Responsive web design is a critical element of a website, rather than a feature or add-on. In fact, it should be thought of as standard when it comes to website building.
Consider the image above, then ask yourself:
- Do you doubt the web today looks like this?
- How many devices do you use to access the web?
- How often do you experience a seamless transition from one website to the next when you switch devices?
- How do you feel when the transition isn't so smooth?
Your customers probably answered these questions the same as you.
3 Reasons Your Website Needs a Responsive Design
1. It will save you the trouble of creating multiple sites.
In the past, the answer to an accessible website was a mobile version of the main website. However, a mobile site is completely independent of the desktop version with its own set of URLs. It’s designed to be a scaled-down version of your main website.
A responsive design adapts your website to the device being used to view it.
Thus a responsive design saves you time and money as you won’t have to pay for a separate design or spend hours updating multiple sites. It also saves you the trouble of having multiple URLs for the same page. This alone allows for more accurate reporting of web analytics as visits are not split between two versions of the same webpage.
2 . You’ll reach more customers.
The more devices a site is able to display correctly on, the wider range of potential customers can be reached.
A responsive design means the portal to your website no longer exists solely on a desktop computer. Since visitors are more likely to leave sites that prove too cumbersome to navigate on the device they’re using, an attractive site that allows for maximum functionality will provide a better user experience and have a positive impact on your bottom line. Visitors will spend more time on your site rather than leave.
3. Chances of delivering the information your visitors are searching for on your site will increase.
Responsive design anticipates what information visitors need based on the device being used. Then it determines what information to display or prioritize over others.
For example, it is more likely that someone accessing a restaurant’s website on a smartphone is looking for the address, hours of operation, or menu rather than the company history.
A responsive site will detect a mobile device and display location information and online menus more prominently. By considering what type of content should take priority over others, you can improve user experiences and enhance customer satisfaction by quickly delivering the most valuable information.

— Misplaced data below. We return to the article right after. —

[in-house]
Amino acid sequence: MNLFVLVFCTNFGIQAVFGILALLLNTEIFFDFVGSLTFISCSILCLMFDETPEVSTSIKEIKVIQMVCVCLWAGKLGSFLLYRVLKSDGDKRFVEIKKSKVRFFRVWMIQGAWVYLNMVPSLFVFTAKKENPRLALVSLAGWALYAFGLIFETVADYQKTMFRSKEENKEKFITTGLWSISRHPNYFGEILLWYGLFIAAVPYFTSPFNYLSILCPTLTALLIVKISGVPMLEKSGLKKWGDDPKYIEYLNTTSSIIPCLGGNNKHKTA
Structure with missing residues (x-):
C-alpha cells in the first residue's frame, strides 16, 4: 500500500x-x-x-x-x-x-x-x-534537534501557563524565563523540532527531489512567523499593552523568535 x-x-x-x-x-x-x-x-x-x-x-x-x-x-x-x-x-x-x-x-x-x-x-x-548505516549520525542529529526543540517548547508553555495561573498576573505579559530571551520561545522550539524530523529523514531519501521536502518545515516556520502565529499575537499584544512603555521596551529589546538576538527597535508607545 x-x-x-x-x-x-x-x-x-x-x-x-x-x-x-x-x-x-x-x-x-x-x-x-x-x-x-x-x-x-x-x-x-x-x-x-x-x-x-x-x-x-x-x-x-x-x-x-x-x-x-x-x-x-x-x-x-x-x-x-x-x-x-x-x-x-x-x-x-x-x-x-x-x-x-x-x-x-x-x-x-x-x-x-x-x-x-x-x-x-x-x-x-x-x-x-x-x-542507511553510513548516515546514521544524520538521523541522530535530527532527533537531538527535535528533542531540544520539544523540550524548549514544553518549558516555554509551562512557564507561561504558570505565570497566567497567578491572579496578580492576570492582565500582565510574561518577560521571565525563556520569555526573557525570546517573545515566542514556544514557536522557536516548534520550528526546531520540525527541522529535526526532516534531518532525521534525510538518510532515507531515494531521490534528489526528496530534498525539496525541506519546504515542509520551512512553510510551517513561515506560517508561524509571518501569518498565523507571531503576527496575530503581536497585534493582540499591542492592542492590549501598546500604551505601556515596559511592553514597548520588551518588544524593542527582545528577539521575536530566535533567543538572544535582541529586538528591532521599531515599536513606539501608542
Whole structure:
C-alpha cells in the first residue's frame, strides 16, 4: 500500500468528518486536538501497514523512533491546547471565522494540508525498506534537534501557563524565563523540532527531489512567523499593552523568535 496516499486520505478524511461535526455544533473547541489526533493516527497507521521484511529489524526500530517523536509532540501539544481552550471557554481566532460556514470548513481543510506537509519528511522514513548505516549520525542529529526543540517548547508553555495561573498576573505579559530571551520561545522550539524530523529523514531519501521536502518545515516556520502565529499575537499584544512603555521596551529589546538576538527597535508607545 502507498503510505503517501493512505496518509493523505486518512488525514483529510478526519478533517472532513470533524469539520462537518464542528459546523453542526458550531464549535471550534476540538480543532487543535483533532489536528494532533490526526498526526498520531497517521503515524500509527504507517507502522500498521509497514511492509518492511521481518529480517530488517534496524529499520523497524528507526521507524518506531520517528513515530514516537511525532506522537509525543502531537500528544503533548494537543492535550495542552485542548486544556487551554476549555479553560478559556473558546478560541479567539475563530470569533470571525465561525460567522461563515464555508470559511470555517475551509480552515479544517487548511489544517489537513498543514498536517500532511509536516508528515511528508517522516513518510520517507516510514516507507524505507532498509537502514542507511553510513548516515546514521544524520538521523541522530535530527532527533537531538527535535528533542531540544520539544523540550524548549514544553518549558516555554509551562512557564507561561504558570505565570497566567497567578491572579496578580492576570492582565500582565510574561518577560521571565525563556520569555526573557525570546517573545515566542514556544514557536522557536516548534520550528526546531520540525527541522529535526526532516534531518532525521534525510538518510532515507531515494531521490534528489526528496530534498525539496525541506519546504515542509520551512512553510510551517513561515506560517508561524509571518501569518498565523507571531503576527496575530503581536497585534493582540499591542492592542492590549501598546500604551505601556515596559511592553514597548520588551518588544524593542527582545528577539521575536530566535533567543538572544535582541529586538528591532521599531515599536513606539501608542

Responsive Design is more than Mobile Design
Responsive web design encompasses more than making sure your website looks great on an iPhone. It's about making sure the information you deliver to your audience is accessible to them in the ways they engage with you.
The easiest way to do this is to outline a basic set of standards for your website no matter what device visitors use to access it.
Google outlines three basic criteria for creating a website that is truly responsive:
1. Pages should be legible at any screen resolution
2. Mark up one set of content (in the CSS) and make it viewable on any device
3. Never show a horizontal scrollbar no matter how small the window size
These are the basics. Now let’s take a look at some specific things you can do to be certain your design is compatible across devices.
How to make sure your design is truly responsive
To execute responsive design successfully, your website must have the following:
Media queries: Think of these as smart, magic beans that keep you from making multiple versions of the same website. They make it possible for a website to use different styles from stylesheets based on the window dimensions of a device.
Fluid Grids: These are the opposite of fixed grids, which were based on the old standard 960px system. Fluid grids are flexible and adapt to screen sizes both big and small. This means content in fluid grids adjusts to the screen. Columns are removed as the screen gets smaller and added as the screen gets bigger. This eliminates the need for horizontal scrollbars.
Flexible images: “max-width: 100%” These are the magic words that keep images from displaying outside of their containing element. Since your website will adjust by device, appropriately tagged images will adjust as well to keep things neat and proportionate.
Accessible Rich Media: Convert the Flash elements on your website to something more device friendly such as HTML5 or a similar programming language.
Make the Most of Your Website
Small and large businesses alike can not underestimate the importance of making sure that websites display correctly across devices. You've built an impressive website, now you need to make sure it maintains its appeal and functionality on any platform.